What Are International Equity Funds?

International Equity Funds Are a Great Way to Get Foreign Exposure

Even if you don't know much about mutual funds, you have probably had access to an international equity fund in your 401(k) or IRA. So what is an international equity mutual fund, and who needs one?

First, let's tackle the equity part. An equity means stock. A share or shares of a company which you can buy or sell. Most mutual funds that aren't all bond funds hold at least a portion of equities. They are more risky to own than bonds, but historically offer higher returns. (A lot of wealth--including Warren Buffett's--is built through owning stocks.)

International equities are stocks of non-US companies. According to a report by Vanguard, non-US companies represent more than half of the global market capitalization. That means more than half of what all of the companies in the world are worth. About 73% of Fortune's biggest global companies in 2011 were located outside of the US, according to a report by Edward Jones. If you don't invest in international companies, you are missing out on investing in a lot of important companies.

Owning international equities can also help boost your returns. Between 1970 and 2016, the average annual rate of return from owning international stocks in developed markets was 8.6%. During this same period the return of large cap US stocks was 10.3%. And because US markets and international markets don't always move in the same way (international beat US stocks in the 1970s and 1980s, the U.S. dominated in the 1990s, international performed slightly better in the 2000s), owning international stocks can help reduce a portfolio's overall risk.

When one part of the world's markets is underperforming, another may be performing well. Owning both helps to bring balance to a portfolio.

International equity funds are not to be confused with global equity funds. What's the difference? Global equity funds are made up of stocks of companies anywhere. The US and the non-US If you invest in a global fund to get international exposure, you may find that the majority of the fund's holdings is in US companies. And you may already own those companies in another equity fund. If you want diversification, international is the word to look for.

There are two types of international funds. Those that invest in developed countries and those that invest in emerging markets. Emerging markets are countries or regions that have less developed economies but a lot of potential for growth. But because most of these countries or their markets are less highly regulated, there can be risk involved in investing there. With greater risk, often comes greater potential return. And emerging markets returns in the 25 years between 1987 and 2012 were an average 12.5% per year.

Typically the international equity funds that are included in a 401(k) plan are large-cap equity funds that invest in developed countries. Like Japan, Germany, United Kingdom. If a plan does offer emerging markets equities, it will probably be in a separate fund. Financial advisors often recommend that investors who choose to own emerging markets equities should limit exposure to no more than 5 to 10% of an overall portfolio. (See How Much International Exposure Should You Have?)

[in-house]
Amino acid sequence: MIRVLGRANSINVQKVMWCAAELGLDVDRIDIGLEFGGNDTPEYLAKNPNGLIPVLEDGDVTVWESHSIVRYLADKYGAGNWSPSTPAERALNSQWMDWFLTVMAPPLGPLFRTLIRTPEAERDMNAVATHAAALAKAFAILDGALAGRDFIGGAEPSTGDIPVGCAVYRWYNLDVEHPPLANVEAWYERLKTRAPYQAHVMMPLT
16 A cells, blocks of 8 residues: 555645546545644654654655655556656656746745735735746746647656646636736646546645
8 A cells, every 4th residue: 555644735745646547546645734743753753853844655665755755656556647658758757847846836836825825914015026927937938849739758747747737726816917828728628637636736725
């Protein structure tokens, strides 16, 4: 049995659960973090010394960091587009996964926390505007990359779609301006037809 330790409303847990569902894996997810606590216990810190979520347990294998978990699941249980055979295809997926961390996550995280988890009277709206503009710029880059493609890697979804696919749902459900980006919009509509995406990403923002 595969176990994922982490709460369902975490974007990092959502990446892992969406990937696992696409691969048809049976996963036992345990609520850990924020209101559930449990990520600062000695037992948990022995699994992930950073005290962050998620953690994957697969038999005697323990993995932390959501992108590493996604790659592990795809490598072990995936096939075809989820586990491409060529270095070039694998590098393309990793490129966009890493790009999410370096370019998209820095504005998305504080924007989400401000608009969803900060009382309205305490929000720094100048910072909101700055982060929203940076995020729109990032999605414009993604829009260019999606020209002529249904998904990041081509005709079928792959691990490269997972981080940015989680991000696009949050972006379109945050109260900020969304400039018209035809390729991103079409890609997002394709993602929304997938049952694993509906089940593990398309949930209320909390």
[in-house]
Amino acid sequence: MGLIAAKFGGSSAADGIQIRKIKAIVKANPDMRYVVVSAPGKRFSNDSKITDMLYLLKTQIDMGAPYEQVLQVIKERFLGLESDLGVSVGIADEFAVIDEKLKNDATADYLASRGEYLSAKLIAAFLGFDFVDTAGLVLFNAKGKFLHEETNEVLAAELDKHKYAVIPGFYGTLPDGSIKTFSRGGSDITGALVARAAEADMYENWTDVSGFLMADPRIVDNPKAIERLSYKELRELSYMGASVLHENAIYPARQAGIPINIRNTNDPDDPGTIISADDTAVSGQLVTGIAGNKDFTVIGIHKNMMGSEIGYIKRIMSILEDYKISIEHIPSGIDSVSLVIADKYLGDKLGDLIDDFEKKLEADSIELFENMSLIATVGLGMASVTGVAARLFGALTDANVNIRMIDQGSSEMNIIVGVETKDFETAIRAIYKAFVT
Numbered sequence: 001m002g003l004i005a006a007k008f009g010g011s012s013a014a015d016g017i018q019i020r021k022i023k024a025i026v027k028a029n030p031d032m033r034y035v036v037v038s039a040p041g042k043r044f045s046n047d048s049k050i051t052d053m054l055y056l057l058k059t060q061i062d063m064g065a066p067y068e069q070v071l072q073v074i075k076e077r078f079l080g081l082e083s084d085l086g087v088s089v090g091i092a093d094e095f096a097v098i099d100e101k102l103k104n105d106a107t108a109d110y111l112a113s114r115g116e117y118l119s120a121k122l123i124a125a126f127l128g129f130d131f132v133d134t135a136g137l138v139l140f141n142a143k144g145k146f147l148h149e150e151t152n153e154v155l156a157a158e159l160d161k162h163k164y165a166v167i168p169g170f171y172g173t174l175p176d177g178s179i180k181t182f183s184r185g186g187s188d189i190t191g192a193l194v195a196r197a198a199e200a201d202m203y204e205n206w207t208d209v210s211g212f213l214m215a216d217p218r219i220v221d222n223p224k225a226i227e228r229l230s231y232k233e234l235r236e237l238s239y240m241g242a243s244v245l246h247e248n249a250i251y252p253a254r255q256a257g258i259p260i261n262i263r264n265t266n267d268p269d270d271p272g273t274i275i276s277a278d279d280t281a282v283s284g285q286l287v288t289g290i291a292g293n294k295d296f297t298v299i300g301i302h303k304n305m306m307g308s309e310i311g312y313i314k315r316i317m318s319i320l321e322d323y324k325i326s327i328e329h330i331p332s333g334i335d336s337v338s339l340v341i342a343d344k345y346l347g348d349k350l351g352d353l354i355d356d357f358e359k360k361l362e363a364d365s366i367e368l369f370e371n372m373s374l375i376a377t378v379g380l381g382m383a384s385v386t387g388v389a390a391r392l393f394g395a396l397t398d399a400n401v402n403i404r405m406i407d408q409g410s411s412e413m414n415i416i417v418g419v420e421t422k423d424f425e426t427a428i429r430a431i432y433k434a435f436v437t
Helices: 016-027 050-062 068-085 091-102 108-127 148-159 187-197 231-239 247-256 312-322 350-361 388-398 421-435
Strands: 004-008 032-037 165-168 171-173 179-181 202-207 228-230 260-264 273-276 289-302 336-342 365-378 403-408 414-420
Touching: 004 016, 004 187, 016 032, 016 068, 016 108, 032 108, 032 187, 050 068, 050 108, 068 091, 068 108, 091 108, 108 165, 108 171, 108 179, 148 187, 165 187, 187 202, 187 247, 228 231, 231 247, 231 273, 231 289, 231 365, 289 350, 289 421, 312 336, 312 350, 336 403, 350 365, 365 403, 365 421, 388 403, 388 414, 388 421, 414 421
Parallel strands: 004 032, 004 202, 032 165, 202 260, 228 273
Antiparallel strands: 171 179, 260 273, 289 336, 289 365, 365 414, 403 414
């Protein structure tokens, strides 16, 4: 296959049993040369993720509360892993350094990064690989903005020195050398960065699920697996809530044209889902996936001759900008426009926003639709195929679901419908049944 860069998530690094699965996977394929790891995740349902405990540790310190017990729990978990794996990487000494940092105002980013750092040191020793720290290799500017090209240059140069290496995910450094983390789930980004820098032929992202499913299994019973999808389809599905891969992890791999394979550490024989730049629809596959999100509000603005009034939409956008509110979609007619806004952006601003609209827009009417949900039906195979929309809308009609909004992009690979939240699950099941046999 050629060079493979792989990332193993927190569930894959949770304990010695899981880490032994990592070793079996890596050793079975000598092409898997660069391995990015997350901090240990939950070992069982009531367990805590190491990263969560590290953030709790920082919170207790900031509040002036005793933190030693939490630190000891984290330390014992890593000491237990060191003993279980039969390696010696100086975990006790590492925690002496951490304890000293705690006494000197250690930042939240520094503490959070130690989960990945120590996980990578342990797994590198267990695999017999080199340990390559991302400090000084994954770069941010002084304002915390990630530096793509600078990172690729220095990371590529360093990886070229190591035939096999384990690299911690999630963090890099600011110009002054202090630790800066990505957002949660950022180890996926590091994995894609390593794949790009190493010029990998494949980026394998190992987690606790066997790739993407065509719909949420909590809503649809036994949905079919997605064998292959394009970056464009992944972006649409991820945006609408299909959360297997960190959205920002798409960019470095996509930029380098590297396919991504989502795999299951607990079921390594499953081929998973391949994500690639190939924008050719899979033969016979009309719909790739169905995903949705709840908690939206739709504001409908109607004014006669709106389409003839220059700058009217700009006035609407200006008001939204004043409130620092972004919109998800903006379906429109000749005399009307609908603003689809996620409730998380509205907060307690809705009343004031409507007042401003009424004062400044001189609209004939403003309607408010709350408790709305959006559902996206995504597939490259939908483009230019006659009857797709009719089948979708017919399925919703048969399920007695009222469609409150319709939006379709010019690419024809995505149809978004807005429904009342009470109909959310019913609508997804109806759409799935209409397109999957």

Risks of Investing in International Equities

There are several types of risks associated with investing internationally.


Currency risk: The value of the dollar will differ from the value of the fund's underlying currencies. This can help to boost your returns when the dollar is weaker, regardless of how the investments are performing. But when the dollar is strong, it can have the opposite effect.

Political risk: The stability and oversight of local governments matters to the markets. Anytime you are investing in a foreign country (or even your own) there is a risk that the economy or government may face unforeseen troubles.

Liquidity risk: The US stock market is fairly liquid. Meaning, a large volume of stocks are bought and sold on it every day. What that means to the average investor is when you want to sell a stock, there's usually a willing buyer. What if there was no buyer and you had no choice to hold onto it until one came along? That's an illiquid market. Foreign markets have a lower trading volume than US markets.

There are other things to consider with international funds. Are the accounting and reporting standards of the same standards that we have in the US? Are the fees for investing in these stocks greater than those charged to invest in US stocks? A fund that is managed well will anticipate and understand these risks to some extent. International investing is much more easily done within a mutual fund.

The Bottom Line for Investors

  • If you want a truly diversified portfolio, having an investment in international equities is essential.
  • While there are some risks, and some investors fear the unknown, international equities make up a large part of the world market's potential investment growth.
  • Experts tend to recommend that no more than 20% to 35% of a portfolio be allocated to international equities, or even less depending on your risk tolerance and focus on growth.
  • Conservative investors will favor developed markets over emerging markets.
  • Look for the word "international" as opposed to "global" when choosing a foreign investment fund.

Disclaimer: The content on this site is provided for information and discussion purposes only, and should not be misconstrued as investment advice. Under no circumstances does this information represent a recommendation to buy or sell securities.